U.S. Police are already forcing the suspects in various cases to unlock their Face ID iPhones in search for evidence
Elcomsoft is spreading the warning in a slide presentation, telling law enforcement “don’t look at the screen, or else.” If they even look at an iPhone’s TrueDepth camera, according to Elcomsoft, they could encounter the same problem Apple executive Craig Federighi did when showing off Face ID in 2017 — a locked phone demanding a passcode.
This has been an ongoing issue now & the Forensics are asking them not to do so.
“This is quite simple. Passcode is required after five unsuccessful attempts to match a face,” Elcomsoft CEO Vladimir Katalov explained to Motherboard. “So by looking into [a] suspect’s phone, [the] investigator immediately lose[s] one of [the] attempts.”
The first known example of U.S. police demanding someone unlock Face ID occurred Aug. 10, when the FBI searched the house of a Columbus man as part of a child abuse investigation.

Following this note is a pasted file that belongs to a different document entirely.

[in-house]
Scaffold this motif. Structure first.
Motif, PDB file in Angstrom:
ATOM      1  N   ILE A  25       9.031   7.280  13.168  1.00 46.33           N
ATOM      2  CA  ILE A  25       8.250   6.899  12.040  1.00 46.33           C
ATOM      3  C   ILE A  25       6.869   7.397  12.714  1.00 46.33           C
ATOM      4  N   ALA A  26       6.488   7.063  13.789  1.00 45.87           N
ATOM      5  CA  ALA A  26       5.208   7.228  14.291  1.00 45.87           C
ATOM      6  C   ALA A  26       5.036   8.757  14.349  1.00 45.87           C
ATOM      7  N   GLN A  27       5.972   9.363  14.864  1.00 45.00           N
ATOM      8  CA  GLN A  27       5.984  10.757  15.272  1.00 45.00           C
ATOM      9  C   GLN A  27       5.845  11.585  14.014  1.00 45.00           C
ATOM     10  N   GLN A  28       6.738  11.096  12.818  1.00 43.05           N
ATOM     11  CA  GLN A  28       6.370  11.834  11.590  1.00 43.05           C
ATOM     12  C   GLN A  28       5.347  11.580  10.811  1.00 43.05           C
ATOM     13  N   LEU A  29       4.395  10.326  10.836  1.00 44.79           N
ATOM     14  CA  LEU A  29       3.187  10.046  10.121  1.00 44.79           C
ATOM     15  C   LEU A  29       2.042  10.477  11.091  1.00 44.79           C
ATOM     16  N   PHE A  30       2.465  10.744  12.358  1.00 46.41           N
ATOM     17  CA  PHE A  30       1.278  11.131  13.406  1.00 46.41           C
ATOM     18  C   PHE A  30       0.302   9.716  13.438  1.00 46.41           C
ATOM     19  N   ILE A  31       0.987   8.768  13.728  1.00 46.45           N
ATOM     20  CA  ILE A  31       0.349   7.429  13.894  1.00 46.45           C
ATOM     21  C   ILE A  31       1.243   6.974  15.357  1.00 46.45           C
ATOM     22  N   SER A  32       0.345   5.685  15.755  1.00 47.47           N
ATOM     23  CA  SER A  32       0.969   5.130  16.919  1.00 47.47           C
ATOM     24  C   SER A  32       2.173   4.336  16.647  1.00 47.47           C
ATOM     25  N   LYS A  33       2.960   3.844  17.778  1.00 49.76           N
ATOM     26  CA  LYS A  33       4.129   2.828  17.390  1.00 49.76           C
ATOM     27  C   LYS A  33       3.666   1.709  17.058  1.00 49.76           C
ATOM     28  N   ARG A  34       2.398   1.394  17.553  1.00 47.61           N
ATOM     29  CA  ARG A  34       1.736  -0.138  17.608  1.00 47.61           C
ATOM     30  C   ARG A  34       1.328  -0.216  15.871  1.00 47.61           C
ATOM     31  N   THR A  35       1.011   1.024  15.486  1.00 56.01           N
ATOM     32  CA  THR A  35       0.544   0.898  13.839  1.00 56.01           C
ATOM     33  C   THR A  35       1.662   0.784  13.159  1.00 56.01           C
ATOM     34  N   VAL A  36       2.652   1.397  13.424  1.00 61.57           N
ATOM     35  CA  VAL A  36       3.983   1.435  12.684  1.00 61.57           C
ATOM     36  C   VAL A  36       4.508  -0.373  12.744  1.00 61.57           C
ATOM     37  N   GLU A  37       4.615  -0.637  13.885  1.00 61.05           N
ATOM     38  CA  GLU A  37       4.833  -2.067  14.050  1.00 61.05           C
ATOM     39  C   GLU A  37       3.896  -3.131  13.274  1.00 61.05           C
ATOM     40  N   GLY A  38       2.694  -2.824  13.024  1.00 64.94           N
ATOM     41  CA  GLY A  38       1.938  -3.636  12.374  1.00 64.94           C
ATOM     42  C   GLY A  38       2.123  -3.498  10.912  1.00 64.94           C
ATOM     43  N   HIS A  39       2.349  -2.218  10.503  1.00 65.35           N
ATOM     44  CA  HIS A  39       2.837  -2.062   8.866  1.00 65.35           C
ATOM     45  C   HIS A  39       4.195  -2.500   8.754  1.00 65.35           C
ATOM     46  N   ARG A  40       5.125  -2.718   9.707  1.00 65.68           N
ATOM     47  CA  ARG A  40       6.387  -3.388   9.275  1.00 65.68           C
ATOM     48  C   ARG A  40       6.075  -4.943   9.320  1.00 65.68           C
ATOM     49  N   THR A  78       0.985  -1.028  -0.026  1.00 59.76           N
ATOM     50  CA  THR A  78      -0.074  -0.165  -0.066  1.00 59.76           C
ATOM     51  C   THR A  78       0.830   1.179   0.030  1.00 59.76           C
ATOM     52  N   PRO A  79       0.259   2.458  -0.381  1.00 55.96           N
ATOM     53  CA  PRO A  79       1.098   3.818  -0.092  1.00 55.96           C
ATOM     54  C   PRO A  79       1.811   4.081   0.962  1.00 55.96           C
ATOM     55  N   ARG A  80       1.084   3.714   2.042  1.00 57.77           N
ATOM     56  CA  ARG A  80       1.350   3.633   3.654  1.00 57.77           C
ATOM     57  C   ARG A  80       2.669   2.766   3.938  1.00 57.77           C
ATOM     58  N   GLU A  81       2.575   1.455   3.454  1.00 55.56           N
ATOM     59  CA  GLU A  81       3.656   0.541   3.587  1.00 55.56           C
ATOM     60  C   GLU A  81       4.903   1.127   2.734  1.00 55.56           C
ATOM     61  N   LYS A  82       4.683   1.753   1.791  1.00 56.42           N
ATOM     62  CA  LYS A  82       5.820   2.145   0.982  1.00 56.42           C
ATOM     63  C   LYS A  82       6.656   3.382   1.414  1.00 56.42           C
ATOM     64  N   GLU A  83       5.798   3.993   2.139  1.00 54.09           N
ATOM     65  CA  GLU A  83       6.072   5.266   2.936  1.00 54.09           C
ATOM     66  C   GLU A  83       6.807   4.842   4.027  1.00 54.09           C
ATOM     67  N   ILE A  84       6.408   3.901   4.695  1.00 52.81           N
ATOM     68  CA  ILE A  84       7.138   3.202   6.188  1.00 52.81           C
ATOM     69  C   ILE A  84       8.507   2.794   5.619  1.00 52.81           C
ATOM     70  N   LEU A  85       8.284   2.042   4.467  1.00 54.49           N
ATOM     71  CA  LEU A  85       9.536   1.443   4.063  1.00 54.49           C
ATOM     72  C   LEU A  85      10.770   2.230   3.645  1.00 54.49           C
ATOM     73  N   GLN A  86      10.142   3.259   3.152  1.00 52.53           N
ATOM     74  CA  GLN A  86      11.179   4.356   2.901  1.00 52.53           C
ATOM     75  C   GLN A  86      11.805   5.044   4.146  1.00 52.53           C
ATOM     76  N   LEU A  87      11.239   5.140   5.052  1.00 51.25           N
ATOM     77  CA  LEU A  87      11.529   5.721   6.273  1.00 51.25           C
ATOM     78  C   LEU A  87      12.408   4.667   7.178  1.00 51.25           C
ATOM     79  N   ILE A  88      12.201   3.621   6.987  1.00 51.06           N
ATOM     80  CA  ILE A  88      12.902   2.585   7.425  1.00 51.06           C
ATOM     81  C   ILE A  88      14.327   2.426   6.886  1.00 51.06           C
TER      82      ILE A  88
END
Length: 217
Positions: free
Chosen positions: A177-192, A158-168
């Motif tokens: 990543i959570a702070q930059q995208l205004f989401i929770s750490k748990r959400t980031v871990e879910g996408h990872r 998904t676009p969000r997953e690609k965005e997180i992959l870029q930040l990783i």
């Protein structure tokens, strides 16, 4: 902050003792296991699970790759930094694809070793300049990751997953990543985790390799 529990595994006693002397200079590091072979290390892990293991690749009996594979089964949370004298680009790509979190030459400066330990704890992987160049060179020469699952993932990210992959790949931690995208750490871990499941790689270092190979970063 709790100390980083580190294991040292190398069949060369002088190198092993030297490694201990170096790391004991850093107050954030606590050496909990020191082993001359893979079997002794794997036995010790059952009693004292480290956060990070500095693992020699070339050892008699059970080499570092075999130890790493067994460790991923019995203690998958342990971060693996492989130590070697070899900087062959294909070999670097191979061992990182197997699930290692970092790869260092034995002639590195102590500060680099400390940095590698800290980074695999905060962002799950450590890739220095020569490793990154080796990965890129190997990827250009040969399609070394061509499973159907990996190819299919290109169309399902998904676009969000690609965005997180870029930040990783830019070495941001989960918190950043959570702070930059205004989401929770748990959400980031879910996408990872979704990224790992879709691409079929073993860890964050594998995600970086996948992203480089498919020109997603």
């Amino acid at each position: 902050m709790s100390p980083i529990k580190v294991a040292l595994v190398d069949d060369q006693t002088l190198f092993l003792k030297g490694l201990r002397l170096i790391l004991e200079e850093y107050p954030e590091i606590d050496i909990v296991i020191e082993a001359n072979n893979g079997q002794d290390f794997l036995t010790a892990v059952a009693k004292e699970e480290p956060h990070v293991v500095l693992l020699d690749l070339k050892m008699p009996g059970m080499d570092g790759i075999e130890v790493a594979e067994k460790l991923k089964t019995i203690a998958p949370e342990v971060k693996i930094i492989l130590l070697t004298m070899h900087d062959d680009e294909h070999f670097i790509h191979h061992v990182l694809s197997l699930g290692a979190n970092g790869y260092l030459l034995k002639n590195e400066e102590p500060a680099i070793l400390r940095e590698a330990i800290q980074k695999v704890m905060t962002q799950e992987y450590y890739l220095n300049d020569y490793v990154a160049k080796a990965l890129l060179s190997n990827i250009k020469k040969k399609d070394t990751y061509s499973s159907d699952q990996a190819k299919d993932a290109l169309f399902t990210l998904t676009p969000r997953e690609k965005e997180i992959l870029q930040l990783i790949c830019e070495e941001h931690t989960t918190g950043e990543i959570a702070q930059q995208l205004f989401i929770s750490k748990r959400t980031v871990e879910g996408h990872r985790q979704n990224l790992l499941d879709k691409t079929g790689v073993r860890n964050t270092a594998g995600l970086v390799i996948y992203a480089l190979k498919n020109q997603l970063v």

He cooperated, helping to build a case against him for child pornography, but initially, only a limited amount of information was extracted from his iPhone X, since agents didn’t have a passcode.
Legal Issues through which the Law Enforcement may have to Go
Courts have ruled that the Fifth Amendment protects suspects from being forced to share a passcode, which ironically makes biometric security the best legal avenue for searching for a mobile device. A number of people have already been made to unlock iPhones with Touch ID, even the dead. This is just the next step in the on-going controversy, balancing the need for encryption against police investigative needs.